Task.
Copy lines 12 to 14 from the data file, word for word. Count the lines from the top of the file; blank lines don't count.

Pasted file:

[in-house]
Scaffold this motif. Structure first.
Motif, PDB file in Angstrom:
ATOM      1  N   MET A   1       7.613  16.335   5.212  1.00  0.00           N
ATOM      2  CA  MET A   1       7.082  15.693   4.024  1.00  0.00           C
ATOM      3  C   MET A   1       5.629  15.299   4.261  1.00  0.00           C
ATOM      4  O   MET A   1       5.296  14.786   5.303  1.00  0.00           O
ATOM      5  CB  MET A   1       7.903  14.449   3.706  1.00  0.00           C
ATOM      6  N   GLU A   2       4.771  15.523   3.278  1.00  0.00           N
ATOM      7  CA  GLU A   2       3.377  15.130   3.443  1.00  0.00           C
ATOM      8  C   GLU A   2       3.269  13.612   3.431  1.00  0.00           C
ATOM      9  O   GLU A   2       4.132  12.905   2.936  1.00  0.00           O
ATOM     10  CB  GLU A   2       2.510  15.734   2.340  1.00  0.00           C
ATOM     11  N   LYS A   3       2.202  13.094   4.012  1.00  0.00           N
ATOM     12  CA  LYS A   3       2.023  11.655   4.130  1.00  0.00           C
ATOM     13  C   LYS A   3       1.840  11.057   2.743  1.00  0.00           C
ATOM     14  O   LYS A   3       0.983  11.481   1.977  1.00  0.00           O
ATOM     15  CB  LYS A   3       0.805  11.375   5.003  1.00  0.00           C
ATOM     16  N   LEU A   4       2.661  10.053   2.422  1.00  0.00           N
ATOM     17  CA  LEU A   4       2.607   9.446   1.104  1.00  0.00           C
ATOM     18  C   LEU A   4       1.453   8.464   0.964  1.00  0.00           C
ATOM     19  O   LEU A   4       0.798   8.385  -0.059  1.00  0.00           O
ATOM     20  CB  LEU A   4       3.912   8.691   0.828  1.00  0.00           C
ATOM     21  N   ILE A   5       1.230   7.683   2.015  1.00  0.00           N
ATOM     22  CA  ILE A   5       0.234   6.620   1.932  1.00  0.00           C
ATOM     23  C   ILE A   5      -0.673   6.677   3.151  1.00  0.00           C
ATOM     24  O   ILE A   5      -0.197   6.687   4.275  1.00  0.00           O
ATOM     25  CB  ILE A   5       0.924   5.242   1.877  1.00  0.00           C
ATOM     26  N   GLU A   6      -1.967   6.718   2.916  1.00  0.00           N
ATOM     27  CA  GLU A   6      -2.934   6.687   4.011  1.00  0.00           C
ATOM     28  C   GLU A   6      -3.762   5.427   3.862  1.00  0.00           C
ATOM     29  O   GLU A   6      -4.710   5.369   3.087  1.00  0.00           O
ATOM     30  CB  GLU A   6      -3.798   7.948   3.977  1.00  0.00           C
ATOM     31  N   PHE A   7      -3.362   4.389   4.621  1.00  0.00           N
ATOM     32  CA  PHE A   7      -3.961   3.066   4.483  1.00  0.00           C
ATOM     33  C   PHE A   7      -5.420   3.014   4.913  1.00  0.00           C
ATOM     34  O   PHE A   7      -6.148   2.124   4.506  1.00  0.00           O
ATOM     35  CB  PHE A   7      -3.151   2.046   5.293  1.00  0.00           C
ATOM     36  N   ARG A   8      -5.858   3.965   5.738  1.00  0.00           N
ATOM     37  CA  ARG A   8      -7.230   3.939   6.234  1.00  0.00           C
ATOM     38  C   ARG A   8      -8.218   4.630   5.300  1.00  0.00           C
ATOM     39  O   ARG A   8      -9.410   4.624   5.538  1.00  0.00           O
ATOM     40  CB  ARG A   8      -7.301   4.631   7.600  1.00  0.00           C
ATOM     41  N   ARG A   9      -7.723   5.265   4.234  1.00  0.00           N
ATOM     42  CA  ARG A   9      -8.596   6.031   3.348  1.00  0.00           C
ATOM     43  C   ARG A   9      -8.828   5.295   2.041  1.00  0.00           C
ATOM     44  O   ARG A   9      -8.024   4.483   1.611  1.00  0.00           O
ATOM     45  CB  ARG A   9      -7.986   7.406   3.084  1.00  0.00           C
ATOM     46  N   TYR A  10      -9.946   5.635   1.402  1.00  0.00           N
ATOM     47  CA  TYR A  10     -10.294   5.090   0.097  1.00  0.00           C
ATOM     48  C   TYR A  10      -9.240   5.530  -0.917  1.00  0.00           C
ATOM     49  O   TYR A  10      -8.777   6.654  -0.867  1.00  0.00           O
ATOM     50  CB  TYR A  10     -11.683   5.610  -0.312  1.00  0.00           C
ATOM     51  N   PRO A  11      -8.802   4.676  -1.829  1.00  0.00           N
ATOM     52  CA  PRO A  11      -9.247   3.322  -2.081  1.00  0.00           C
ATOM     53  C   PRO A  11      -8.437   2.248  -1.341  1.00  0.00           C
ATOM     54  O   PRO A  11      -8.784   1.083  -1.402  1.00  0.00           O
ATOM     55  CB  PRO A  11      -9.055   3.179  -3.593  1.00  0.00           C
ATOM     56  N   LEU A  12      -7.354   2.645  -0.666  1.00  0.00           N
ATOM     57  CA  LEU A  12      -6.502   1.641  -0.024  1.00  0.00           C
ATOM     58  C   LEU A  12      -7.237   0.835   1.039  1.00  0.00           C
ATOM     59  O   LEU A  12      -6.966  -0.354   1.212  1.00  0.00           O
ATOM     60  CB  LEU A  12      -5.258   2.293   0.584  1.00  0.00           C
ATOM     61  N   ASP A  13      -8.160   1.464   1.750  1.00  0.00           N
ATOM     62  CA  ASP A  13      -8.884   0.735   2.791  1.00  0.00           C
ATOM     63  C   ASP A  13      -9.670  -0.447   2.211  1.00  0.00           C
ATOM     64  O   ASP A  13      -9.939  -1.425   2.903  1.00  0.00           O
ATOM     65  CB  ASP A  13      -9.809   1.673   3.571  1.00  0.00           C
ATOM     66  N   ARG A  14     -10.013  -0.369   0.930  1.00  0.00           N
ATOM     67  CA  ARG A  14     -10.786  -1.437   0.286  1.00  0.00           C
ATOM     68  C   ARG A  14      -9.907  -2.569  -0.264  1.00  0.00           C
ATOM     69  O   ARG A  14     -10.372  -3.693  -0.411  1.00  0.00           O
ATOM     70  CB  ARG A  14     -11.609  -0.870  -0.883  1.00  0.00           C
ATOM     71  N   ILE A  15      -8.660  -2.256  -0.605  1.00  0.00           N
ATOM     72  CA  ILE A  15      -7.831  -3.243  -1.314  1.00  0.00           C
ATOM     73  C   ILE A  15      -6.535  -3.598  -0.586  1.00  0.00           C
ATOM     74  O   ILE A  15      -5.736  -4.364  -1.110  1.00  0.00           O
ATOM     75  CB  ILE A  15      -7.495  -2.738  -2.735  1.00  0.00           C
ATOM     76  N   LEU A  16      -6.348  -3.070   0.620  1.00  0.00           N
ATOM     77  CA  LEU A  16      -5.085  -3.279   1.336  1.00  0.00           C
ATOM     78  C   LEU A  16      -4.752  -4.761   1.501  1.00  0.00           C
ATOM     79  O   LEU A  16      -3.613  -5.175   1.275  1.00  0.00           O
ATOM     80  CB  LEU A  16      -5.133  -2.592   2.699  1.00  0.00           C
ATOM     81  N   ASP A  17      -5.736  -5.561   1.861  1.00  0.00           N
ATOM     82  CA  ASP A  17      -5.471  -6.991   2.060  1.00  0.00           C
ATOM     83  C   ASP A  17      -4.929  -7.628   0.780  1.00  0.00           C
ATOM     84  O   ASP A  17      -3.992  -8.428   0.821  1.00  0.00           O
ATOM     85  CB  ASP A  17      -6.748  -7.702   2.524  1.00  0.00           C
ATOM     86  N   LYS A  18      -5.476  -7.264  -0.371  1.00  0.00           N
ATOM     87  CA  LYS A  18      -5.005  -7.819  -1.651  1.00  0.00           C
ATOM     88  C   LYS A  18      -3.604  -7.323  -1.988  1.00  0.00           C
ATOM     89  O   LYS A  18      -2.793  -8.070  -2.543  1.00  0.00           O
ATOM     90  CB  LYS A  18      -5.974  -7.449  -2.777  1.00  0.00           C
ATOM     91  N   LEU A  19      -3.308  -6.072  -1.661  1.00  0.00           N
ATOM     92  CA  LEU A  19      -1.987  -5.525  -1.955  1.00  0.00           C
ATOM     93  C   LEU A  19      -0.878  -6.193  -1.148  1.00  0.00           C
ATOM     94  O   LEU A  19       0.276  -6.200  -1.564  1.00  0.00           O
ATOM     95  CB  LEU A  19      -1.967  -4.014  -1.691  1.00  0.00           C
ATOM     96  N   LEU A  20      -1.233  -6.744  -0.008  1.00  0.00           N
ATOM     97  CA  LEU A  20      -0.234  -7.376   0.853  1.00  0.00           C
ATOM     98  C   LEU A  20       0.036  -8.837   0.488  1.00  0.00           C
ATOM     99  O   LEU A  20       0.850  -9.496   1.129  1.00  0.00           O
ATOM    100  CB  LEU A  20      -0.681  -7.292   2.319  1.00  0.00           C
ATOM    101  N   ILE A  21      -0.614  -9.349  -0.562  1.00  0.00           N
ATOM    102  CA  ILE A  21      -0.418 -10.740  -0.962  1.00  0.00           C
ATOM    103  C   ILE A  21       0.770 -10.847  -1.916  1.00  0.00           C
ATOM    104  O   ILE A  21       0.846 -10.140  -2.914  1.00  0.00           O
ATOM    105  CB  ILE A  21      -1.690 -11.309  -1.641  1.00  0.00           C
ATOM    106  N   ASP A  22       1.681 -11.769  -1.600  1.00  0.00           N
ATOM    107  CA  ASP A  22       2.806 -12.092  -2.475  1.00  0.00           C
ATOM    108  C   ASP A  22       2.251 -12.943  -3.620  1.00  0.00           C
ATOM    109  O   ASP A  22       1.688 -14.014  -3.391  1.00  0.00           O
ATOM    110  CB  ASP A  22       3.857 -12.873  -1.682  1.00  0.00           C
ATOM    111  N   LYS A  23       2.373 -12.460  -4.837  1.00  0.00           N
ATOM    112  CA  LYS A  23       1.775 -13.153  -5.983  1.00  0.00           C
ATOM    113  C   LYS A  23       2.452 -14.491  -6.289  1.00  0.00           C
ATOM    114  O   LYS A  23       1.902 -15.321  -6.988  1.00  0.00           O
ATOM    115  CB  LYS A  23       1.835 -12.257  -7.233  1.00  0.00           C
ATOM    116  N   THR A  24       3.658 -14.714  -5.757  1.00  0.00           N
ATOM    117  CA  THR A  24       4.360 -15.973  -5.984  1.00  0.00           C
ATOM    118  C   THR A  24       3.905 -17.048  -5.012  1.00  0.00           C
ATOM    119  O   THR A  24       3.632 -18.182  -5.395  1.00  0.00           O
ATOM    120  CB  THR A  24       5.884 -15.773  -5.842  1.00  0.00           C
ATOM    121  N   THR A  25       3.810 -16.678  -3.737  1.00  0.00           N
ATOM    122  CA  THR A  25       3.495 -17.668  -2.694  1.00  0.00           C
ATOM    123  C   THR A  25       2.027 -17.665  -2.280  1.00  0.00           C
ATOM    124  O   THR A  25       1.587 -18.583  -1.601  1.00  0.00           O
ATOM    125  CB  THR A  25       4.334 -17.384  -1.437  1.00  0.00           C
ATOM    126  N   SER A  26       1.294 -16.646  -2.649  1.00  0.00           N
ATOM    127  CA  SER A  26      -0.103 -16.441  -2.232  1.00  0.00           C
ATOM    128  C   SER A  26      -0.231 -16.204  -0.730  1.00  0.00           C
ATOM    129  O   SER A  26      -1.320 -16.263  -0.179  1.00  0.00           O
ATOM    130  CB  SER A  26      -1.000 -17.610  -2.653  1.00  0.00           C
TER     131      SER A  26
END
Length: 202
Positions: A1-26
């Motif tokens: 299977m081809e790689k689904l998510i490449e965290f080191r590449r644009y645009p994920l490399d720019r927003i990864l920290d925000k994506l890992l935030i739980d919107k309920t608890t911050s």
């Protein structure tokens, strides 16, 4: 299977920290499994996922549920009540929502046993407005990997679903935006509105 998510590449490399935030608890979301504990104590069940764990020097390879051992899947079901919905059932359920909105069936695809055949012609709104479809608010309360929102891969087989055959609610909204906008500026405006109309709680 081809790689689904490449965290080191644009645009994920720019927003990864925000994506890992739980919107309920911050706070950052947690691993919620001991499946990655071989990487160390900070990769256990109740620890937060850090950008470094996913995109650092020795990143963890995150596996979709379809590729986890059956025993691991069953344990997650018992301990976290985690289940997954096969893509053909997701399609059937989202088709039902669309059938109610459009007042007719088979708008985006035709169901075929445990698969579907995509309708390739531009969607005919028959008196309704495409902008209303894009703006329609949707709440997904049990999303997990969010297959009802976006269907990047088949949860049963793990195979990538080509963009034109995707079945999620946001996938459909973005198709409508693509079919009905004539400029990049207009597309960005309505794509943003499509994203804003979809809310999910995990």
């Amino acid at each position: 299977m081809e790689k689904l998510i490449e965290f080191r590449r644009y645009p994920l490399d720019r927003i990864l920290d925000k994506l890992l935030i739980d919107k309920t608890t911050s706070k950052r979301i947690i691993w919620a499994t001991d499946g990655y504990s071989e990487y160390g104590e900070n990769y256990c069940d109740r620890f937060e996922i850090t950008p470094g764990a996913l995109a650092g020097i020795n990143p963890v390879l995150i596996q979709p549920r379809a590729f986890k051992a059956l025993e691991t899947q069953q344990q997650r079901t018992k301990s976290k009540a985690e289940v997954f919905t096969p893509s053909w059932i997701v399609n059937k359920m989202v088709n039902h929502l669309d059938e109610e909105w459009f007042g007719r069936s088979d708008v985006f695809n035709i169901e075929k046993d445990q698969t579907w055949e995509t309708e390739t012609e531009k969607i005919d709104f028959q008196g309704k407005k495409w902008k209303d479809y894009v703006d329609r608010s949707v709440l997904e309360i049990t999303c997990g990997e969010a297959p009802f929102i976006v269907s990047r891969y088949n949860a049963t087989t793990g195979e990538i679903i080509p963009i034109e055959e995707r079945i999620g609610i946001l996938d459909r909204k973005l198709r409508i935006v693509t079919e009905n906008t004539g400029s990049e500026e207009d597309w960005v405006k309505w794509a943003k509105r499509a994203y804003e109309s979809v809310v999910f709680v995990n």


ATOM      9  O   GLU A   2       4.132  12.905   2.936  1.00  0.00           O
ATOM     10  CB  GLU A   2       2.510  15.734   2.340  1.00  0.00           C
ATOM     11  N   LYS A   3       2.202  13.094   4.012  1.00  0.00           N